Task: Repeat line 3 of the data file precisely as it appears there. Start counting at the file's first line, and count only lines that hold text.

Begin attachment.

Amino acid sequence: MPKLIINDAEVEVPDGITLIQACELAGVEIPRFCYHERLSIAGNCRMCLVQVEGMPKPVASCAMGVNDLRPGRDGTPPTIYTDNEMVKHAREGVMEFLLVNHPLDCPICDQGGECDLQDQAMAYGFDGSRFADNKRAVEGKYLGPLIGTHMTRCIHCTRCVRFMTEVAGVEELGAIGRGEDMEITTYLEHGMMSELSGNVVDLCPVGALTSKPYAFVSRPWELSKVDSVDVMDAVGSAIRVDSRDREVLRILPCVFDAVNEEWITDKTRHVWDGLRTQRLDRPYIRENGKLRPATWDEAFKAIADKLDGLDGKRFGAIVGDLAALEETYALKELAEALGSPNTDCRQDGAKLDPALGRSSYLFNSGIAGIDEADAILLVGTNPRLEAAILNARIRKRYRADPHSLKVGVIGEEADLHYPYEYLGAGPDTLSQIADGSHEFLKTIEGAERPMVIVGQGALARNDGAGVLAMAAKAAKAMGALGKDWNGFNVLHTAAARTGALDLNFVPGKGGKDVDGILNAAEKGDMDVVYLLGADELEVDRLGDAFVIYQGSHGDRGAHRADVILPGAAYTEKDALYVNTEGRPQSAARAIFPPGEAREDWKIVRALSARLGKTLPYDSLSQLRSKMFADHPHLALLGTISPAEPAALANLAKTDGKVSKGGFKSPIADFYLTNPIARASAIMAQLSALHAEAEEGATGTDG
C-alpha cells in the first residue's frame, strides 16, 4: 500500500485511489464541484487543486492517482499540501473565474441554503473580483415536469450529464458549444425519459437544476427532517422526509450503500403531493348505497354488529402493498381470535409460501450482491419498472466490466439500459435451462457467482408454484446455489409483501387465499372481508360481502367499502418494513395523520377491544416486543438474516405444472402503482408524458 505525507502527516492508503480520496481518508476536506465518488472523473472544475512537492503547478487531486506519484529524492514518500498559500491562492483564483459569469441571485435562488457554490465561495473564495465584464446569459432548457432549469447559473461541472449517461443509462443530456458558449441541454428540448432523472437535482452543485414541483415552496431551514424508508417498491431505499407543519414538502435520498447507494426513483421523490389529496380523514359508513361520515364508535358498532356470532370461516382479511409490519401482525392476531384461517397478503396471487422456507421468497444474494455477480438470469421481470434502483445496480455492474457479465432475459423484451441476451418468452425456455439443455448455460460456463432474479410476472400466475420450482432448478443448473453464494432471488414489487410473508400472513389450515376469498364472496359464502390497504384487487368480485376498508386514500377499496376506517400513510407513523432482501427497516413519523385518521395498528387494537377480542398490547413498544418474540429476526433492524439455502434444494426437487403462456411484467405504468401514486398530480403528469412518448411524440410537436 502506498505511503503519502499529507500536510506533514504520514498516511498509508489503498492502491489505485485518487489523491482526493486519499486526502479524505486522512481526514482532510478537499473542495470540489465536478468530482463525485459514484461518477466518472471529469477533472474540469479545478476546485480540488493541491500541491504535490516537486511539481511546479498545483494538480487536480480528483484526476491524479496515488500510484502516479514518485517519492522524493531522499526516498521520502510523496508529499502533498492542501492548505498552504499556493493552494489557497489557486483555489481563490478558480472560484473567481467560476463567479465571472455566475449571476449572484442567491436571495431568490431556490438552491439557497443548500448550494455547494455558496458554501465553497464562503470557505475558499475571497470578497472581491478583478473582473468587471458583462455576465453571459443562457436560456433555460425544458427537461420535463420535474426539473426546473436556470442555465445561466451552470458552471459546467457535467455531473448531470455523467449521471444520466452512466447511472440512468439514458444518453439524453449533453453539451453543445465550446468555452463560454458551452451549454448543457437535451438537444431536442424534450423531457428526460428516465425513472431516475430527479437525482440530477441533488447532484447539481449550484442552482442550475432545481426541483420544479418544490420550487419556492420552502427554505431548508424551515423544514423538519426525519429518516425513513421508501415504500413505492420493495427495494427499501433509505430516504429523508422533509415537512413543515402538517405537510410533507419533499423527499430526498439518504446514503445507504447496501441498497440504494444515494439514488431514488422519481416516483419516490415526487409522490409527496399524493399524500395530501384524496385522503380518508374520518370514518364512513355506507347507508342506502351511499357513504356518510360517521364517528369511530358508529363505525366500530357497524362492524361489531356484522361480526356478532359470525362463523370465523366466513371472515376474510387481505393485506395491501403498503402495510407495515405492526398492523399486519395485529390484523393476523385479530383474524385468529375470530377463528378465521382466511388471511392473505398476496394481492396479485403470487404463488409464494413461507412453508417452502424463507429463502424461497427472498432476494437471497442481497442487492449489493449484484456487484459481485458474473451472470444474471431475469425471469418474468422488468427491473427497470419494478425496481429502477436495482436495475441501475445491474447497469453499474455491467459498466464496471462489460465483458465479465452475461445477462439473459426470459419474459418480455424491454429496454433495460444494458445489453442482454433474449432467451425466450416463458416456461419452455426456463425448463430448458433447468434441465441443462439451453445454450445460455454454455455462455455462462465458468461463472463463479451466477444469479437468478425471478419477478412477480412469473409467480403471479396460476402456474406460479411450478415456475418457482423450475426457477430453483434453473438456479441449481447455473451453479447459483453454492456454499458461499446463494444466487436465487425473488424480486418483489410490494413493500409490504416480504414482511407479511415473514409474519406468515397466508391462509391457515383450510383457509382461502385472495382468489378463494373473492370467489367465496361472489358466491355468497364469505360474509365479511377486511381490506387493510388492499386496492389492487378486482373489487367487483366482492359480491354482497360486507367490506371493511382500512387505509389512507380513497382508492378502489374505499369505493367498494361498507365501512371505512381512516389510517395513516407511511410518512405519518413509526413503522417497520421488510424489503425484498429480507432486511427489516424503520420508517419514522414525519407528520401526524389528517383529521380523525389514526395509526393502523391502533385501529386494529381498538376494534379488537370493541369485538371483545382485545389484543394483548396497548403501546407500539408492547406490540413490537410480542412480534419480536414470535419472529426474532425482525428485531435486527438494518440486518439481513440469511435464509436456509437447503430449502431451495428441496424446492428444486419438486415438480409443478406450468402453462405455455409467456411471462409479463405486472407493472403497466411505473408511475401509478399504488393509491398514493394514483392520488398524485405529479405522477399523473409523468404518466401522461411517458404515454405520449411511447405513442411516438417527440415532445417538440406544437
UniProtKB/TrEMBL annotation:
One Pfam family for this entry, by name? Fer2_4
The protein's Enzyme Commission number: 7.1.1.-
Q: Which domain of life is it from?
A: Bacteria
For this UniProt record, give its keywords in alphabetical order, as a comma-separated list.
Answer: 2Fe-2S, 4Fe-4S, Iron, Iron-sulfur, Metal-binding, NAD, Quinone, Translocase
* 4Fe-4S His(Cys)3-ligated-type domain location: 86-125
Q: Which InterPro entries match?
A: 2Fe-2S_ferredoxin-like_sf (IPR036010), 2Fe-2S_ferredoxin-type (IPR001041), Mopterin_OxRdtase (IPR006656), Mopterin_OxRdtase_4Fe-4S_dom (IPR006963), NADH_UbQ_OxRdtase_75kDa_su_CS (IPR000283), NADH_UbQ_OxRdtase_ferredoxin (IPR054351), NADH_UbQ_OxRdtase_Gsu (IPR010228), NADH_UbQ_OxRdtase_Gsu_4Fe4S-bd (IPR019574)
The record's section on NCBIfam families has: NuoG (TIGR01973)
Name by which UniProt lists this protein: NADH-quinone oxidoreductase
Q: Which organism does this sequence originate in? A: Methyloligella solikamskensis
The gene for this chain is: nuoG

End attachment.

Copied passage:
UniProtKB/TrEMBL annotation: